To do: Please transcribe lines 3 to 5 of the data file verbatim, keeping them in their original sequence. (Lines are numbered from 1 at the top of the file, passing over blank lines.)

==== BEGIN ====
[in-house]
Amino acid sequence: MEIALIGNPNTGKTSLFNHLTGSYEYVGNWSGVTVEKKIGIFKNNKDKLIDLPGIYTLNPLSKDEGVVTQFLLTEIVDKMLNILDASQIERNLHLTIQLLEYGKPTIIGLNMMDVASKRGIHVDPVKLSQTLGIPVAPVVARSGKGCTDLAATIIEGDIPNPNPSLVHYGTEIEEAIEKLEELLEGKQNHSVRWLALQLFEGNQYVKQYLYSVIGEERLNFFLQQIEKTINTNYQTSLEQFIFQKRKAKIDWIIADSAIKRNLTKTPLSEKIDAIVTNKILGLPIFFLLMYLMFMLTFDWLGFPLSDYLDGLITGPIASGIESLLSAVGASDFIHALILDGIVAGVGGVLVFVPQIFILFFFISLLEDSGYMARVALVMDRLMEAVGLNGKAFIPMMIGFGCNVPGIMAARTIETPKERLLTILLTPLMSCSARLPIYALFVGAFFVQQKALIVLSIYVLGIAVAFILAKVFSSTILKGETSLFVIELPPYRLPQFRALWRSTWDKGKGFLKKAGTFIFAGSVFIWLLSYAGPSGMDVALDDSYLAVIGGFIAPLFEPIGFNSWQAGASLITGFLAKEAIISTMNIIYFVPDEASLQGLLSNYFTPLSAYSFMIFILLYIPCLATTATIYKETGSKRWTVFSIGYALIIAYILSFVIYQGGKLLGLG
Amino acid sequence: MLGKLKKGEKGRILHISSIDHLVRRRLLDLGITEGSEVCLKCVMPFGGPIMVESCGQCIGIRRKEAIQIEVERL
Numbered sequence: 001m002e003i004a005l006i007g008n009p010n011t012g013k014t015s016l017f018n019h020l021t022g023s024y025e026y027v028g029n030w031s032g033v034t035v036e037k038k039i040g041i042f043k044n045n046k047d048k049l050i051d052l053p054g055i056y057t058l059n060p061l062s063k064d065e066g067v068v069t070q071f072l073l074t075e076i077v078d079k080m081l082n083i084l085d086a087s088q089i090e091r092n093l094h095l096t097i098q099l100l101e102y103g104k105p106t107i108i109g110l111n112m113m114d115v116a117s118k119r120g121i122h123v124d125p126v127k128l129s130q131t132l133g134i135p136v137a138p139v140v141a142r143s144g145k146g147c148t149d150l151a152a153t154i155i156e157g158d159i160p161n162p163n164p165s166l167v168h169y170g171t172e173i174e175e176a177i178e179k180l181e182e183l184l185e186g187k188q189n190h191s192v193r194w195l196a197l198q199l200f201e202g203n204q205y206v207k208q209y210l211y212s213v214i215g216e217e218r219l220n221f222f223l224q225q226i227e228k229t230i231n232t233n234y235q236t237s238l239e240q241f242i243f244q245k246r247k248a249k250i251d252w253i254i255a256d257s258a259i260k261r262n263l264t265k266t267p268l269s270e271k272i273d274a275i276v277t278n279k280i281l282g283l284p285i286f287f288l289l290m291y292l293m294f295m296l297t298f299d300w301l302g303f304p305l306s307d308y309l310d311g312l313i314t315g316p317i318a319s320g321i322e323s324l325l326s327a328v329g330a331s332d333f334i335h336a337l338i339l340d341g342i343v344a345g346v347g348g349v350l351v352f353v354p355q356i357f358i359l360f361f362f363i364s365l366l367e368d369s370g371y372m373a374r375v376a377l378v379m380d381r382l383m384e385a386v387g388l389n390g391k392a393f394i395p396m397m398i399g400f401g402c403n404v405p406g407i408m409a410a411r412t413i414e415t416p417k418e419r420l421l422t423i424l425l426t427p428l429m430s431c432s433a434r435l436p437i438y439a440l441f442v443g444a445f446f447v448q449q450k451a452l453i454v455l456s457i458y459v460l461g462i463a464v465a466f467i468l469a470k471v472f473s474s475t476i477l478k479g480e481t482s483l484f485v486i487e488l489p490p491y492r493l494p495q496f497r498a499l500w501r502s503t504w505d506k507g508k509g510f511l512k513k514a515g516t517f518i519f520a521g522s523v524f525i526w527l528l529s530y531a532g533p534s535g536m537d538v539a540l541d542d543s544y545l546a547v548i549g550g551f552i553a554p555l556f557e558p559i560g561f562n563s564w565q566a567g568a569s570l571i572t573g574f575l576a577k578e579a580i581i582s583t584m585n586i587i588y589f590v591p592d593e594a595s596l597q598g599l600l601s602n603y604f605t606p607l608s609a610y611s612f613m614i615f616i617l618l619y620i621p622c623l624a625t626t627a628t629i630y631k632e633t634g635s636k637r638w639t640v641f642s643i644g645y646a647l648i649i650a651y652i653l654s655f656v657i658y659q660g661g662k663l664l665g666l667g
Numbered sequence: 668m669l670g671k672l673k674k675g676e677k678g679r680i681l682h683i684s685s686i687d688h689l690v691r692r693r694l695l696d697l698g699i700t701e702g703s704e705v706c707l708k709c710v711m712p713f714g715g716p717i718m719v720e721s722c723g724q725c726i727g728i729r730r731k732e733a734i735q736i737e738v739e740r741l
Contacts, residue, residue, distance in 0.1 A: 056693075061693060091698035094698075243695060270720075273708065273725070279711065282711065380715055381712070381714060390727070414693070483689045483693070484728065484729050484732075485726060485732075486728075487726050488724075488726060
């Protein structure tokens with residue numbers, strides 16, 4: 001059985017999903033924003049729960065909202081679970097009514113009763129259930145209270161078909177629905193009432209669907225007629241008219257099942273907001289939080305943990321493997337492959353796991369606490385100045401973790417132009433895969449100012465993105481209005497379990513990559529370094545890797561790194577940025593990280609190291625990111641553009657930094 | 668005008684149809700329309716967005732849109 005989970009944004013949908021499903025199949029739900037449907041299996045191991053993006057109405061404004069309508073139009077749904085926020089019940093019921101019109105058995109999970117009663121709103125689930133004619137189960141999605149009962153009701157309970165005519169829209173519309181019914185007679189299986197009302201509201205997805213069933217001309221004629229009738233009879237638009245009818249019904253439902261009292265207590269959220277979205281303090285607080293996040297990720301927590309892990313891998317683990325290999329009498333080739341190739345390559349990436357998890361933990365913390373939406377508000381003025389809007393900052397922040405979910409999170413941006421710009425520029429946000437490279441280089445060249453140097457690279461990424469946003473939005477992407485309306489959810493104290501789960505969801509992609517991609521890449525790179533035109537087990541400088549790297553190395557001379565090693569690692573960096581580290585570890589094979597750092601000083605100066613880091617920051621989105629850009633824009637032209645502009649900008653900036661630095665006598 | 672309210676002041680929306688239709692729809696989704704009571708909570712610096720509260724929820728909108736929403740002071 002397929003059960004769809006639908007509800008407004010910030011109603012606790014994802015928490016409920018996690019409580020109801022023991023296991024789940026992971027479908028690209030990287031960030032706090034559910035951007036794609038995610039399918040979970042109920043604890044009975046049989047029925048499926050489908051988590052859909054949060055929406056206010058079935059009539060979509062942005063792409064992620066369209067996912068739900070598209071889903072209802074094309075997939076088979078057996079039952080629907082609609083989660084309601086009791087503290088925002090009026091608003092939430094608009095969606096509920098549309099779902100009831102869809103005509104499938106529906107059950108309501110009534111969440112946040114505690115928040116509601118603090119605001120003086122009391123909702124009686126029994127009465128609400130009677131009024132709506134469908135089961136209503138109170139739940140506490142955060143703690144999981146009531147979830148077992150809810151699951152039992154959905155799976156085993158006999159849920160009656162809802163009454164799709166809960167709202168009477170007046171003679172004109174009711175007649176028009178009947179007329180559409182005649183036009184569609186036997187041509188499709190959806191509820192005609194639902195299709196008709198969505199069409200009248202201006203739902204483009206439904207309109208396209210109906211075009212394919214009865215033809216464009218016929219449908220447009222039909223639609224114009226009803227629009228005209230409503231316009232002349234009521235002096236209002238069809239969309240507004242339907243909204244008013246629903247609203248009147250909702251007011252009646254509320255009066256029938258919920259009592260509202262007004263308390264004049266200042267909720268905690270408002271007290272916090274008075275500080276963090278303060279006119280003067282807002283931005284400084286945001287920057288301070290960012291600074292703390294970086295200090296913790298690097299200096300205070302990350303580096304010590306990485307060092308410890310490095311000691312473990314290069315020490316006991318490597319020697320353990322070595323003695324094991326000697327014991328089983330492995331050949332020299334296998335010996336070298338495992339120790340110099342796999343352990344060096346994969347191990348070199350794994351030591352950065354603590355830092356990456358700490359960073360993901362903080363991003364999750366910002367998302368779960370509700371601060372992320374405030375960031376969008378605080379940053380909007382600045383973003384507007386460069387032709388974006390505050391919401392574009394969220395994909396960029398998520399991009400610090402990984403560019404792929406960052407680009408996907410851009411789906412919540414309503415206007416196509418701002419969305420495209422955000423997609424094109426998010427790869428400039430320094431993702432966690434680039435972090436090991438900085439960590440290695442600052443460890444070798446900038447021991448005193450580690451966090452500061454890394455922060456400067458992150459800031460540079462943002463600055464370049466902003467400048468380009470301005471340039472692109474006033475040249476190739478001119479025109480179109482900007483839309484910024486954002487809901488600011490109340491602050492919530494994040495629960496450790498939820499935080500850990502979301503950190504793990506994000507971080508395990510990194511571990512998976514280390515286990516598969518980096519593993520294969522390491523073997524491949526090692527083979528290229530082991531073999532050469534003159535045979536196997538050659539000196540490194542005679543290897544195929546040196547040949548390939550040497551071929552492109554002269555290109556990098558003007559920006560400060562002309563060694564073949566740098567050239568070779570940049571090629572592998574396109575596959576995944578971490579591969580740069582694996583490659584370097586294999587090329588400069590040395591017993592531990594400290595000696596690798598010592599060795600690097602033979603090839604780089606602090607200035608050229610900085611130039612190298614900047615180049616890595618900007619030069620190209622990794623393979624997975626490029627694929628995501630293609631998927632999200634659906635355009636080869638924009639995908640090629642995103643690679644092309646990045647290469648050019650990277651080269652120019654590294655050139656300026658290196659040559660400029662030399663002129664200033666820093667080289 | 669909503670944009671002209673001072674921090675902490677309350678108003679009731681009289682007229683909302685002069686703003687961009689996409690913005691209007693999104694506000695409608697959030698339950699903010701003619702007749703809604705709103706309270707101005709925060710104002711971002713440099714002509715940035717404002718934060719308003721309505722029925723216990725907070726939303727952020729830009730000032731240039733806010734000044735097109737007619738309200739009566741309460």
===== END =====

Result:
Amino acid sequence: MLGKLKKGEKGRILHISSIDHLVRRRLLDLGITEGSEVCLKCVMPFGGPIMVESCGQCIGIRRKEAIQIEVERL
Numbered sequence: 001m002e003i004a005l006i007g008n009p010n011t012g013k014t015s016l017f018n019h020l021t022g023s024y025e026y027v028g029n030w031s032g033v034t035v036e037k038k039i040g041i042f043k044n045n046k047d048k049l050i051d052l053p054g055i056y057t058l059n060p061l062s063k064d065e066g067v068v069t070q071f072l073l074t075e076i077v078d079k080m081l082n083i084l085d086a087s088q089i090e091r092n093l094h095l096t097i098q099l100l101e102y103g104k105p106t107i108i109g110l111n112m113m114d115v116a117s118k119r120g121i122h123v124d125p126v127k128l129s130q131t132l133g134i135p136v137a138p139v140v141a142r143s144g145k146g147c148t149d150l151a152a153t154i155i156e157g158d159i160p161n162p163n164p165s166l167v168h169y170g171t172e173i174e175e176a177i178e179k180l181e182e183l184l185e186g187k188q189n190h191s192v193r194w195l196a197l198q199l200f201e202g203n204q205y206v207k208q209y210l211y212s213v214i215g216e217e218r219l220n221f222f223l224q225q226i227e228k229t230i231n232t233n234y235q236t237s238l239e240q241f242i243f244q245k246r247k248a249k250i251d252w253i254i255a256d257s258a259i260k261r262n263l264t265k266t267p268l269s270e271k272i273d274a275i276v277t278n279k280i281l282g283l284p285i286f287f288l289l290m291y292l293m294f295m296l297t298f299d300w301l302g303f304p305l306s307d308y309l310d311g312l313i314t315g316p317i318a319s320g321i322e323s324l325l326s327a328v329g330a331s332d333f334i335h336a337l338i339l340d341g342i343v344a345g346v347g348g349v350l351v352f353v354p355q356i357f358i359l360f361f362f363i364s365l366l367e368d369s370g371y372m373a374r375v376a377l378v379m380d381r382l383m384e385a386v387g388l389n390g391k392a393f394i395p396m397m398i399g400f401g402c403n404v405p406g407i408m409a410a411r412t413i414e415t416p417k418e419r420l421l422t423i424l425l426t427p428l429m430s431c432s433a434r435l436p437i438y439a440l441f442v443g444a445f446f447v448q449q450k451a452l453i454v455l456s457i458y459v460l461g462i463a464v465a466f467i468l469a470k471v472f473s474s475t476i477l478k479g480e481t482s483l484f485v486i487e488l489p490p491y492r493l494p495q496f497r498a499l500w501r502s503t504w505d506k507g508k509g510f511l512k513k514a515g516t517f518i519f520a521g522s523v524f525i526w527l528l529s530y531a532g533p534s535g536m537d538v539a540l541d542d543s544y545l546a547v548i549g550g551f552i553a554p555l556f557e558p559i560g561f562n563s564w565q566a567g568a569s570l571i572t573g574f575l576a577k578e579a580i581i582s583t584m585n586i587i588y589f590v591p592d593e594a595s596l597q598g599l600l601s602n603y604f605t606p607l608s609a610y611s612f613m614i615f616i617l618l619y620i621p622c623l624a625t626t627a628t629i630y631k632e633t634g635s636k637r638w639t640v641f642s643i644g645y646a647l648i649i650a651y652i653l654s655f656v657i658y659q660g661g662k663l664l665g666l667g
Numbered sequence: 668m669l670g671k672l673k674k675g676e677k678g679r680i681l682h683i684s685s686i687d688h689l690v691r692r693r694l695l696d697l698g699i700t701e702g703s704e705v706c707l708k709c710v711m712p713f714g715g716p717i718m719v720e721s722c723g724q725c726i727g728i729r730r731k732e733a734i735q736i737e738v739e740r741l